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THE Price of Crude pt 14

General discussions of the systemic, societal and civilisational effects of depletion.

Re: THE Price of Crude pt 14

Unread postby GoghGoner » Fri 13 Apr 2018, 06:47:49

Cushing is been making the rounds in the media lately. I looked at Cushing data once to try and model prices with it but ended up throwing that out.

Cushing's oil market clout wanes amid U.S. export boom

That could pave the way for a change in the U.S. benchmark oil price, used to value tens of billions of dollars of crude and futures contracts every day. The current benchmark - called West Texas Intermediate crude, or “WTI” - has been derived from the price of physical oil delivered to Cushing for more than three decades.
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Re: THE Price of Crude pt 14

Unread postby ROCKMAN » Fri 13 Apr 2018, 13:04:48

Clout of WTI at Cushing??? Folks need to remember that very little oil refined in the US comes originally from WTI. First consider our still huge import volume. About 88% of our imports are heavier then WTI’s 39 API. In fact, almost 60% is heavier than 25 API with WTI and lighter oils accounting for just 11% of our imports.

And domestic production? A bit more then half of US oil production is a lighter gravity then WTI. In fact, only about 18% is in the range of 35 API to 40 API where WTI would fall. Almost 30% of domestic oil production is heavier then WTI. In fact, the US produces about as much heavy oil as it does WTI.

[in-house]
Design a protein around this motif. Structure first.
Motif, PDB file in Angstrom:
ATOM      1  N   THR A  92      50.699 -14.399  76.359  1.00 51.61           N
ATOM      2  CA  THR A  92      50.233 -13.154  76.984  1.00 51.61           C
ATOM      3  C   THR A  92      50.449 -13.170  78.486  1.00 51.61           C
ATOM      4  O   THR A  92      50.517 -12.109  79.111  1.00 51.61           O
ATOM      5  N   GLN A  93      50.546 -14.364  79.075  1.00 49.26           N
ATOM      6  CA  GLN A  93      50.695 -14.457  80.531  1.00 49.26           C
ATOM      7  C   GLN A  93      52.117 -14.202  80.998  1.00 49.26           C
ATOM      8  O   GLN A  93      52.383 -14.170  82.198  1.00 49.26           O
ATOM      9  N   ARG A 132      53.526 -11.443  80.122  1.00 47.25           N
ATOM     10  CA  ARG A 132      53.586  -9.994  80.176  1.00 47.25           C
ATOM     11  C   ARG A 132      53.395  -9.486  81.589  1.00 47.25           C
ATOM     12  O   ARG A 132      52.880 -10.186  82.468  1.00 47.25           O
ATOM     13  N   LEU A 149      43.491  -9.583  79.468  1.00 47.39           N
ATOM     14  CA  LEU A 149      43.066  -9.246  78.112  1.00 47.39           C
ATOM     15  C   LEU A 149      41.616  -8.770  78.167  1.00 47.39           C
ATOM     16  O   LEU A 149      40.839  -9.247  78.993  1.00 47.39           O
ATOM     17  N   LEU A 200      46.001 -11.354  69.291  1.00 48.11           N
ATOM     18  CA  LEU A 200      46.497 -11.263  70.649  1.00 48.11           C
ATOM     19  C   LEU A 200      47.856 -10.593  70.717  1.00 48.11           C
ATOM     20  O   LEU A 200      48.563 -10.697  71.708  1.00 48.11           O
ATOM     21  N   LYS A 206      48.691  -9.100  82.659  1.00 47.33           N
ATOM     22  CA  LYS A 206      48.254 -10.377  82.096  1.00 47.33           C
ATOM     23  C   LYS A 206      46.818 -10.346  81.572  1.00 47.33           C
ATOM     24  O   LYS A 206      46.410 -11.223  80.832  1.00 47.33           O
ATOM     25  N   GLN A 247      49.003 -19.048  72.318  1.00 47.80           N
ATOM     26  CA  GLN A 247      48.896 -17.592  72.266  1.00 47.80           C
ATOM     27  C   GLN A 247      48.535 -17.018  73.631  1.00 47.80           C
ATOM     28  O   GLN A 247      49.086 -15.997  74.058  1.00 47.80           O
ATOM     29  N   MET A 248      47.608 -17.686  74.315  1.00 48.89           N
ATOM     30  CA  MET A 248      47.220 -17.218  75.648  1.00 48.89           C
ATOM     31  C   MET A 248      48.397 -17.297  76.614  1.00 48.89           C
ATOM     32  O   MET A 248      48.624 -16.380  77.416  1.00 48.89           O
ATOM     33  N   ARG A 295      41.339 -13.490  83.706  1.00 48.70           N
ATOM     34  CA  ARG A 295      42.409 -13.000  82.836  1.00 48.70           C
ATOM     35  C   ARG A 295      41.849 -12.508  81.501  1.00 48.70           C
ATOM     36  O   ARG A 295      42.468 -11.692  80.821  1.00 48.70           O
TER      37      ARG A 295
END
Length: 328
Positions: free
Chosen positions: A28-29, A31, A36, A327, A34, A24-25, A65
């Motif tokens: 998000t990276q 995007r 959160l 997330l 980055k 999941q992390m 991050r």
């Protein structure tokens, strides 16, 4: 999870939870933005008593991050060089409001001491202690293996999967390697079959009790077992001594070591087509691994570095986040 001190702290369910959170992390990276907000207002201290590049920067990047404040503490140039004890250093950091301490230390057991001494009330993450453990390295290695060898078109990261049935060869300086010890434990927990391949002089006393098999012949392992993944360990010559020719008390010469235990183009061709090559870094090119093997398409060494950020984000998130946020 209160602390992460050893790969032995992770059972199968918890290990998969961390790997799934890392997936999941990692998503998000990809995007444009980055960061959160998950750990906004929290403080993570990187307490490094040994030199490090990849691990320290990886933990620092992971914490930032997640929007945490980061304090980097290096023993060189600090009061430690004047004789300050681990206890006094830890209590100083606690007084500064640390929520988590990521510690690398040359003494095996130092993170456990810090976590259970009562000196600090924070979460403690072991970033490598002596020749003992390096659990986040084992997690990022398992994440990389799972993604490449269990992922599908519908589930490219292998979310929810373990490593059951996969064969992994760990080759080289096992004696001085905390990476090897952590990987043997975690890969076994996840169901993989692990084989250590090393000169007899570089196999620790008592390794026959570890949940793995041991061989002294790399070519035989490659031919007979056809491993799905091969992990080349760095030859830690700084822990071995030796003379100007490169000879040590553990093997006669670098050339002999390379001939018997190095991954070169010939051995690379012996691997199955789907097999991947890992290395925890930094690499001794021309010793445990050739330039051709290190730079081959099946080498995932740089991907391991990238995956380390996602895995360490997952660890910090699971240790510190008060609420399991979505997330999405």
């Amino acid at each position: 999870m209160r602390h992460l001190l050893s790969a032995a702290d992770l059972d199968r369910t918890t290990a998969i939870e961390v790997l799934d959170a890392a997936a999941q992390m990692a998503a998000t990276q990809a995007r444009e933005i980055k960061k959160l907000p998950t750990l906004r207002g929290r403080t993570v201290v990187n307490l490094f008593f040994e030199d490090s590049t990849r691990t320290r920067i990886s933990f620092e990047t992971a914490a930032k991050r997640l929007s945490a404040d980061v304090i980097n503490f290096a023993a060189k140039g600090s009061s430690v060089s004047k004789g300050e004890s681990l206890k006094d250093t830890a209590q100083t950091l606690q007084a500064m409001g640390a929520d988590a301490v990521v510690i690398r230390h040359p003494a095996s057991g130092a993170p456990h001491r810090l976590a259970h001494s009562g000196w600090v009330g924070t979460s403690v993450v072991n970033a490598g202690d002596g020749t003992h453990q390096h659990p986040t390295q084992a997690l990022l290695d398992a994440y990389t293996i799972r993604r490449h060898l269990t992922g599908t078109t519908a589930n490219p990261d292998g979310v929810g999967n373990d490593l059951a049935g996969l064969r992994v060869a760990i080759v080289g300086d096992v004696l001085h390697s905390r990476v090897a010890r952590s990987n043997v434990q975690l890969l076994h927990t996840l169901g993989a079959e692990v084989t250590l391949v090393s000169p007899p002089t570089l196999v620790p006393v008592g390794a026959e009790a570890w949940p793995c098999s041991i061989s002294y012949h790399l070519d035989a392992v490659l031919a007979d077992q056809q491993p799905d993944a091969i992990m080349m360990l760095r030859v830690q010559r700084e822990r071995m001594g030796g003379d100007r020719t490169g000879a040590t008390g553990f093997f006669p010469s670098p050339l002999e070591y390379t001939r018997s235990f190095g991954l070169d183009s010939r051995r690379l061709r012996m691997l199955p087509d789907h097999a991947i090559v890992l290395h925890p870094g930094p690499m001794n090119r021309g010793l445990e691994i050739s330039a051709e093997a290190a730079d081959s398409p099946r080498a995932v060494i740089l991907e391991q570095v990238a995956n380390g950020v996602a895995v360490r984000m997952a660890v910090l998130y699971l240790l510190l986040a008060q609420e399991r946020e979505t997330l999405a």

Remember that a “benchmark oil price” isn’t what oil is selling for. The WTI “price” is just one benchmark that the first sales price would be calculated upon. Depending on the API, sulfur et al content and location the price might be WTI - $15. Or WTI + $4/bbl. As mentioned many times the first sales price of Rockman’s Texas oil production doesn’t use the WTI benchmark. It uses the LLS benchmark…Light Louisiana Sweet. Because even having a transport discount it still pays more to barge it to Lake Charles, La. There are a variety of other oil benchmark prices in the world beside WTI and Brent.

In the real world (compared to the futures market world) very little WTI is produced or imported in to the US. Which also means very little WTI is shipped and stored at Cushing. It also doesn’t change the fact that whatever oil is stored at Cushing it represents only about 16% of the total amount of oil stored in the US. And the vast majority of that stored oil did not sell for whatever the WTI price was posted on the futures exchange that day. OTOH a 100% of the billion+ “paper bbls” that are occasionally traded in the futures market are all “WTI oil”. And none of those imaginary bbls are stored at Cushing. LOL.

Folks can do what they want but if they continue to confuse real oil with paper futures bbl they’ll have a problem seeing the big picture. Not only are very few bbls of WTI produced or imported into the US very little oil is bought at whatever the futures exchange is posting for the price of WTI. It’s not even a good trend stat to follow: actual sale price trends have significantly changed over the years as very cheap dilbit imports from Alberta increased and light oil condensate production boomed from the shales. Just one more reason models that try to predict the future price of oil using the WTI benchmark and the effects on the economy are lame IMHO.

And one more factor: refineries don’t buy any 39 API WTI. They buy 32 API blended oil. And the price they pay (which is eventually passed on to the consumers) is not related to the WTI bids posted on the futures exchange that change minute by minute. And can change significantly in the 24-hour new cycle. Such as when the US launches missiles at a ME country.
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